Germany's financial regulator has said it won't take further action against the country's largest bank over alleged interest rate rigging and precious metals price fixing. The moves takes the spotlight off a former boss.
The watchdog, known as Bafin, announced on Thursday it had ended several major special audits against Deutsche Bank.
"Bafin does not see the need to take further action against the bank or former and current members of the management board with respect to the closed special audits," the bank said. "We have taken many steps to improve our controls and processes and to strengthen the Bank's governance," CEO John Cryan said on Thursday.
Deutsche Bank paid $2.5 billion (2.26 billion euros) in fines in April last year after investigations on manipulating interest rates. The bank was also probed for its role in rigging prices of gold, silver, platinum and palladium. It also recorded a multibillion-euro loss for 2015.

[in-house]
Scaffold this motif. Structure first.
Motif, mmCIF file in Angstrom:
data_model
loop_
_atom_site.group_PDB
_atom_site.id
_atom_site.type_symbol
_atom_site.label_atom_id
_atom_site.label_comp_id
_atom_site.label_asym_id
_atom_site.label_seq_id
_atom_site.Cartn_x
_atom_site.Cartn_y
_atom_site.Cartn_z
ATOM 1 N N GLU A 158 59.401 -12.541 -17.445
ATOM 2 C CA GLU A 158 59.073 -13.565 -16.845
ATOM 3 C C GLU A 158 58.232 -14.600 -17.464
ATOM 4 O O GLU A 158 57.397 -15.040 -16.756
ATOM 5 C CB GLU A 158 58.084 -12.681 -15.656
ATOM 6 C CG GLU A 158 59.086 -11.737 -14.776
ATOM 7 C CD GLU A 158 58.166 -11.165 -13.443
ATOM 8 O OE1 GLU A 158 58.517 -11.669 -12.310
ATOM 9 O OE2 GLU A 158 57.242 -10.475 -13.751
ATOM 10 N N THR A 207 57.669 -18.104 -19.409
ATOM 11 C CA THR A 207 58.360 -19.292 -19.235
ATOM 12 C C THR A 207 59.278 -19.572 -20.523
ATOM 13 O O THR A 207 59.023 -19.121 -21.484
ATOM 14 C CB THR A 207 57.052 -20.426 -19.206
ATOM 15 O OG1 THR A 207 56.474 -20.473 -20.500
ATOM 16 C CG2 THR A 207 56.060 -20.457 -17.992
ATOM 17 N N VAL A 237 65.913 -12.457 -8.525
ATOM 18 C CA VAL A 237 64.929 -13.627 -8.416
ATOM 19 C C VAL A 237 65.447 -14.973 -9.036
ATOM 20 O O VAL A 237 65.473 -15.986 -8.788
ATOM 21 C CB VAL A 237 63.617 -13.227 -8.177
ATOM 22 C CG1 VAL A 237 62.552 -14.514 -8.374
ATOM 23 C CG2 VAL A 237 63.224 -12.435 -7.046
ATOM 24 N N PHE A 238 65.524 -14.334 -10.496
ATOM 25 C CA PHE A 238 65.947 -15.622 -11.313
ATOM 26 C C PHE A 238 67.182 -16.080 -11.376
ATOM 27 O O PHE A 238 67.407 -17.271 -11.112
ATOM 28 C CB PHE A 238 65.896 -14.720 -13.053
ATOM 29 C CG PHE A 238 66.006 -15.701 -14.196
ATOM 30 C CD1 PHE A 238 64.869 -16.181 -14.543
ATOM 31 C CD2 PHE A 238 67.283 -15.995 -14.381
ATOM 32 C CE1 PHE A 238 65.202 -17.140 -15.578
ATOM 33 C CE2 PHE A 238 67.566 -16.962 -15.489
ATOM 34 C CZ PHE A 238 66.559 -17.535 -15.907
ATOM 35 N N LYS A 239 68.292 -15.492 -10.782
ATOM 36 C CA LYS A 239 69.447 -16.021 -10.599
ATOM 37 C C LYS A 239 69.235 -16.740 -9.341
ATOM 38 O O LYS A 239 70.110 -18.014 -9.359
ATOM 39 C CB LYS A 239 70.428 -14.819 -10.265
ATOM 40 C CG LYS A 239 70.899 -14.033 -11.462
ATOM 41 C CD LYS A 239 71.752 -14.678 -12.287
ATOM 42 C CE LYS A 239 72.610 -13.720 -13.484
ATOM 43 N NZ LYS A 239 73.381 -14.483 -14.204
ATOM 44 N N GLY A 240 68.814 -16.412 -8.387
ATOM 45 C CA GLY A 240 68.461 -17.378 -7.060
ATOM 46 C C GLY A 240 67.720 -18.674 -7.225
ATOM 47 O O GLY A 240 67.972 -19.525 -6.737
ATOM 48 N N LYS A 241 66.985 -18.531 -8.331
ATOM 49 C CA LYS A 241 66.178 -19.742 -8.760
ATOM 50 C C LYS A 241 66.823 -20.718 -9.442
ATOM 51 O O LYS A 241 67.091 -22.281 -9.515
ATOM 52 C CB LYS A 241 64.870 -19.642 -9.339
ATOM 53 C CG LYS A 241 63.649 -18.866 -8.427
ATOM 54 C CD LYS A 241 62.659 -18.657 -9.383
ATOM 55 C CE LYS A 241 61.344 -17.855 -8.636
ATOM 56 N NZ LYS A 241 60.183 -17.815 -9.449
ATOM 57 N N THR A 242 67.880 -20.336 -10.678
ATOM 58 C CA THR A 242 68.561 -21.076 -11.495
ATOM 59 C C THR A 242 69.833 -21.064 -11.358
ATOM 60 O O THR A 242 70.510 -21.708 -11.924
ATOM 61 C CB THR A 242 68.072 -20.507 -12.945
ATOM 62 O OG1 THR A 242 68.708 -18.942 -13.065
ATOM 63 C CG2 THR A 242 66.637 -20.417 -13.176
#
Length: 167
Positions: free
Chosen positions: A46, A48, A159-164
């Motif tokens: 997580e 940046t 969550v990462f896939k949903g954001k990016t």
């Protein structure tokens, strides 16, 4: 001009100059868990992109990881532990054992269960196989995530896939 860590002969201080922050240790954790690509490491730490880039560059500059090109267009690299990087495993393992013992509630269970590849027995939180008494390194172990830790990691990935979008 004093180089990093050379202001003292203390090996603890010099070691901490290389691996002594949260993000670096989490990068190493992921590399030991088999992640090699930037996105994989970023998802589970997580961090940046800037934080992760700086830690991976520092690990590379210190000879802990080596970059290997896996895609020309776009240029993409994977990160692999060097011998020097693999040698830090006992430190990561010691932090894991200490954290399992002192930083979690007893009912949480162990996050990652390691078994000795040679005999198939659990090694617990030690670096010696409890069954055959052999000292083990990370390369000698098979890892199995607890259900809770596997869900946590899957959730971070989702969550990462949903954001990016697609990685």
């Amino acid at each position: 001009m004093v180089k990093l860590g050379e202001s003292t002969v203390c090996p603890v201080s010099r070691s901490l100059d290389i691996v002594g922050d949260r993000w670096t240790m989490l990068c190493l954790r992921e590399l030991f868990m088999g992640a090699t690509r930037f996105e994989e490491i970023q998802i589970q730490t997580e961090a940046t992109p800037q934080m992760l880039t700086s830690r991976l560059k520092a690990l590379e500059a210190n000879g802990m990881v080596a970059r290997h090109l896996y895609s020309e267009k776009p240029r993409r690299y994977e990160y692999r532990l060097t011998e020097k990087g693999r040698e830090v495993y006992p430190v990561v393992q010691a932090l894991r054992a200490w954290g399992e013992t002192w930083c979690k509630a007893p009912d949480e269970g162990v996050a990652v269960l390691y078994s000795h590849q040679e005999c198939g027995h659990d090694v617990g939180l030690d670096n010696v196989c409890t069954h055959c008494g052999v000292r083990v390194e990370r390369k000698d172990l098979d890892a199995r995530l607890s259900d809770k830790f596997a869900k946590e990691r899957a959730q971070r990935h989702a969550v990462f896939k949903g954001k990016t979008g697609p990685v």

Bafin officials also closed a special audit into a derivatives trade that Deutsche Bank made with Italian bank Banca Monte dei Paschi di Siena.
Charges were also dropped against Deutsche Bank's former co-head, Anshu Jain, accused of misleading regulators during investigations into interest rate manipulation. The audit agency told the Reuters news agency last December that it had found no indication as to whether Jain knew anything about people in the bank manipulating interest rates.
But Bafin was still investigating $10 billion in suspicious trades made by the Deutsche Bank's Moscow office, while Italian investigators look into the Monte dei Paschi irregularities. Last week, former and current managers at Deutsche Bank, Monte dei Paschi and Nomura were sent to trial by Milan prosecutors for false accounting and other alleged financial crimes.
mg/jr (Reuters, dpa)